Then there is buzz, there is advertising in real-time. This includes a quicker turnaround for magazine spreads and fashion editorial, which will need to reflect the runway offerings at the speed of Instagram stories. Without their traditional role of telling consumers what to think, like and wear, magazines and brands have to tap into uniquely digital advertising opportunities revolving around direct and performance marketing tactics, creating purchase leads, and generating consumer data for the future direct marketing and CRM activities. Social advertising gets to accompany the just-shown runway product imagery with clear and immediate call to action, driving traffic to brand website and/or product pages.
To drive audience in stores and to their websites, social media and contenthave to master the art of the tease, which drives consumers to shop upfront.The high-drama lament of the French that see-now buy-now is a "negation of dreaming, of desire" brings out the irony of the fact that digital may prove to be more suitable to building fashion intrigue than any medium before it (think the thrill and newness of Instagram or Snapchat).
The opportunity to tease out the stitching, the product details, the collages and sketches that inspired the collection, the behind-the-scenes workings is unmatched. Equally unmatched is the potential for a creative product release cycle. Freed from the fashion calendar, brands are able to tease out the products in a manner that feeds consumers' interest, and to release items in a phased-out manner that leaves audience wanting more and keep coming back.
To feed the tease, brands are going to adopt the platform model (vs. campaign pushes), where things happen all the time regardless of the season, accompanied by shorts bursts of activity from special events. Consumer interaction with content and social actions is an indicator of the early intent and serves both for data intelligence gathering and for building a long-term customer relationship.
Investing in the long-term customer relationship marks a shift from what buyers are asking for to what consumers are buying and talking about. To really own it, fashion brands need to invest a lot more in their marketing departments. Knowing who their consumer is, where they live, what they like, how they spend their time, what inspires them and what lifestyle they lead can come only from smart, deep, and always-on market research (and no, I do not mean surveys). Social listening, digital ethnography, observation, monitoring content and social interactions and testing-and learning are all going to give designers a feel of the vibrations of consumers' desire.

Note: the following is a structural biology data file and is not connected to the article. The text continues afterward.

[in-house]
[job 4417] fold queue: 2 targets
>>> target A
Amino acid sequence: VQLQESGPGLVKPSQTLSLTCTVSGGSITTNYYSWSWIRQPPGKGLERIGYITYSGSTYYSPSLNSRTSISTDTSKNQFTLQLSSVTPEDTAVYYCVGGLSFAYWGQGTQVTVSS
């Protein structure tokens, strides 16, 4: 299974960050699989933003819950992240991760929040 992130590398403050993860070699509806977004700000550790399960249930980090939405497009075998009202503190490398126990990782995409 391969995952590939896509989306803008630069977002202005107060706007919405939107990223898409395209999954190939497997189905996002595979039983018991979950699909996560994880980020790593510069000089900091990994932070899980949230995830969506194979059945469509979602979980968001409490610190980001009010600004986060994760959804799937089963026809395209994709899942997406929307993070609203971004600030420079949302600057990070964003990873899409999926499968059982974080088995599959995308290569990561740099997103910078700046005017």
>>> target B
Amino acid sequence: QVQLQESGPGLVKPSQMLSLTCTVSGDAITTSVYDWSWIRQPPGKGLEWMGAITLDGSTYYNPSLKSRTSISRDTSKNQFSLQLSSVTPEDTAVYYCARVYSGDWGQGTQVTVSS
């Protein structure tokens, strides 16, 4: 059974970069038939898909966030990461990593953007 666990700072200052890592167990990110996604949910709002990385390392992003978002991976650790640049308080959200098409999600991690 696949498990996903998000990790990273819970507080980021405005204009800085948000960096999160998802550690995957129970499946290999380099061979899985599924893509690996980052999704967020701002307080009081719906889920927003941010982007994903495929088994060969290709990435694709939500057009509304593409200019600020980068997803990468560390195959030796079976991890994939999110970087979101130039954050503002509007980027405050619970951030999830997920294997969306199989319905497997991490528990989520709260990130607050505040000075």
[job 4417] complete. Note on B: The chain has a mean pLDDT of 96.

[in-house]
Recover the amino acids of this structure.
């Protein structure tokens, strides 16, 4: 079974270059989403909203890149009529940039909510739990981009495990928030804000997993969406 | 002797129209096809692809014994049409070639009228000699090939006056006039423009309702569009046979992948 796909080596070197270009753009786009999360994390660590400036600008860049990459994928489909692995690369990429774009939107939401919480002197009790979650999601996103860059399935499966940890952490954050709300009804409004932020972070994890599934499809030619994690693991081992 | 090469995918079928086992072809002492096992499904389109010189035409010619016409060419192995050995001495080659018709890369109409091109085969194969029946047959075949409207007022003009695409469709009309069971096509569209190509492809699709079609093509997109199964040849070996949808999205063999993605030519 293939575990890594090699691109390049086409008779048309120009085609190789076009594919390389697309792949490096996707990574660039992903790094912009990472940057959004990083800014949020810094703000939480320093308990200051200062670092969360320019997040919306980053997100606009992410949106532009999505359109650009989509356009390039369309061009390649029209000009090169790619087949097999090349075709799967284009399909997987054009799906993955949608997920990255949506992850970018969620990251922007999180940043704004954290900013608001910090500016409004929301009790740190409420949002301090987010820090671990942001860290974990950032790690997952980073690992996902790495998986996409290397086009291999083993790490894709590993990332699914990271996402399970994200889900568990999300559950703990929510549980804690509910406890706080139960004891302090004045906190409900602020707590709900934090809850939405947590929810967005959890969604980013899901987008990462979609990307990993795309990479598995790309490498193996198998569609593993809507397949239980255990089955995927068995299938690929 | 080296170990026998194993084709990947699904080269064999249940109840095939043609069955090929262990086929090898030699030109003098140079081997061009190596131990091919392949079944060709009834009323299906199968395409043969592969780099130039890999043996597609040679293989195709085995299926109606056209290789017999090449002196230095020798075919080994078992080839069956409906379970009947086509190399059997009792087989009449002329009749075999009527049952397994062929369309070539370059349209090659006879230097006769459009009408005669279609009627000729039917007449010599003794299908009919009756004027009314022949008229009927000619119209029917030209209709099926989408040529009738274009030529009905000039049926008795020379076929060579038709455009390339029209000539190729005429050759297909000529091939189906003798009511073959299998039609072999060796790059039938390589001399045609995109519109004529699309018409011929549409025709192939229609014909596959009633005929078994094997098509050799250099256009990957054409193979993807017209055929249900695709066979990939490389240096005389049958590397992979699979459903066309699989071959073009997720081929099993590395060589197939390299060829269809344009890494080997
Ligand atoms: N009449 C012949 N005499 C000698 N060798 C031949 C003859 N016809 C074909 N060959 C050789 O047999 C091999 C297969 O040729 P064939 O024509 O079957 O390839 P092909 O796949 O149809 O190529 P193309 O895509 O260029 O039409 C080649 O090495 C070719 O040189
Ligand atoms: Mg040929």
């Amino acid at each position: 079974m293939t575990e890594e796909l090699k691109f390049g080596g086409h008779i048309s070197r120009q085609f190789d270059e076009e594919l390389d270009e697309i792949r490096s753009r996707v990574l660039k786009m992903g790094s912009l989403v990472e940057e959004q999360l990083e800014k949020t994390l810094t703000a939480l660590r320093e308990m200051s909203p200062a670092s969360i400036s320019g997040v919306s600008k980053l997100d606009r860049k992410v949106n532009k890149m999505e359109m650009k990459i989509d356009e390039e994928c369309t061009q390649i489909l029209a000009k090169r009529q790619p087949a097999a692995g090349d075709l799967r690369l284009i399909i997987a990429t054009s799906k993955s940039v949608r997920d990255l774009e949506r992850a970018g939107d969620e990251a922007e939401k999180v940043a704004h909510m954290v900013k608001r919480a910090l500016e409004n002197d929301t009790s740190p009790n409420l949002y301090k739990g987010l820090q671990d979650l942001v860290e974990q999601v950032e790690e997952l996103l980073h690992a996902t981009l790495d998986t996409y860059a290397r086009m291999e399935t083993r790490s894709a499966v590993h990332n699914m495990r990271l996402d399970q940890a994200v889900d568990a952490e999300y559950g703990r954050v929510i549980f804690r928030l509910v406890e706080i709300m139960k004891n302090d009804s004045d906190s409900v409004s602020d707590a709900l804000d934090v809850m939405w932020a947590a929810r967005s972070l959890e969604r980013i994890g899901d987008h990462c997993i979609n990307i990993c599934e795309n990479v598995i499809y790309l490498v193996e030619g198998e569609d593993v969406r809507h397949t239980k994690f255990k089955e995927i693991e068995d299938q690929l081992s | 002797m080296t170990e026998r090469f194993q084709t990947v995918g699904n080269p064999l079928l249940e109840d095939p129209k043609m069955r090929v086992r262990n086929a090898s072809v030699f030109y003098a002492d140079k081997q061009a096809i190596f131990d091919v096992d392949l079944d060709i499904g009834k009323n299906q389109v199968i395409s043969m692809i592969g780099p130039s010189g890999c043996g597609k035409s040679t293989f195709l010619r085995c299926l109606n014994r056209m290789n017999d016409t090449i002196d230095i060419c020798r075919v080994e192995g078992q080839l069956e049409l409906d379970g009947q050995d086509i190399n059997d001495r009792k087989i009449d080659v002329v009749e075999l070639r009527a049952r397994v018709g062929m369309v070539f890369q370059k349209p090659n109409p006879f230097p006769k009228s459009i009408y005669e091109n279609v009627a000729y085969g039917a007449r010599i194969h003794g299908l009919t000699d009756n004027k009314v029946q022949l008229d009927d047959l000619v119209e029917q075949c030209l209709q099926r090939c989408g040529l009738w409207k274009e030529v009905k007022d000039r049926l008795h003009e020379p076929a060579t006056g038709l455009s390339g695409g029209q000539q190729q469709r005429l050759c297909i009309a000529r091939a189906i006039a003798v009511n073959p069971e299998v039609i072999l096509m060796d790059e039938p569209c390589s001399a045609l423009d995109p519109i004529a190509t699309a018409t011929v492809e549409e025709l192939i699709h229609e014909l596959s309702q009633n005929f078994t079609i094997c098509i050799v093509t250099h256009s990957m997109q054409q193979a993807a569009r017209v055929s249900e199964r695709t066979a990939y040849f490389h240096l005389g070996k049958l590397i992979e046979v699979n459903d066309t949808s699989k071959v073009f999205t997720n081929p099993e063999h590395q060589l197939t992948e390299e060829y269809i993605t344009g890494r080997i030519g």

How massive the change in fashion really is remains to be seen in retail distribution. Gone are the days when retailers insisted on coat deliveries in July because Babe Paley used to buy them then. There's nothing like a chunky sale that drives department stores foot traffic, but this can be expected to dwindle down once wholesale adapts to consumer demand. Another thing that's going to dwindle: reliance of fashion brands on wholesalers to tell their stories. With the direct-to-consumer shift, they are going to have to use their own runway shows, stores, e-commerce and social media to put their vision and message forward.
So far, this message is best summarized in Alber Elbaz' words: "When there is a wind of change, we can build a wall to protect ourselves from the storm or we can build a windmill to let the wind blow faster, so we can benefit from the wind and be part of change." Let the windmills show the way.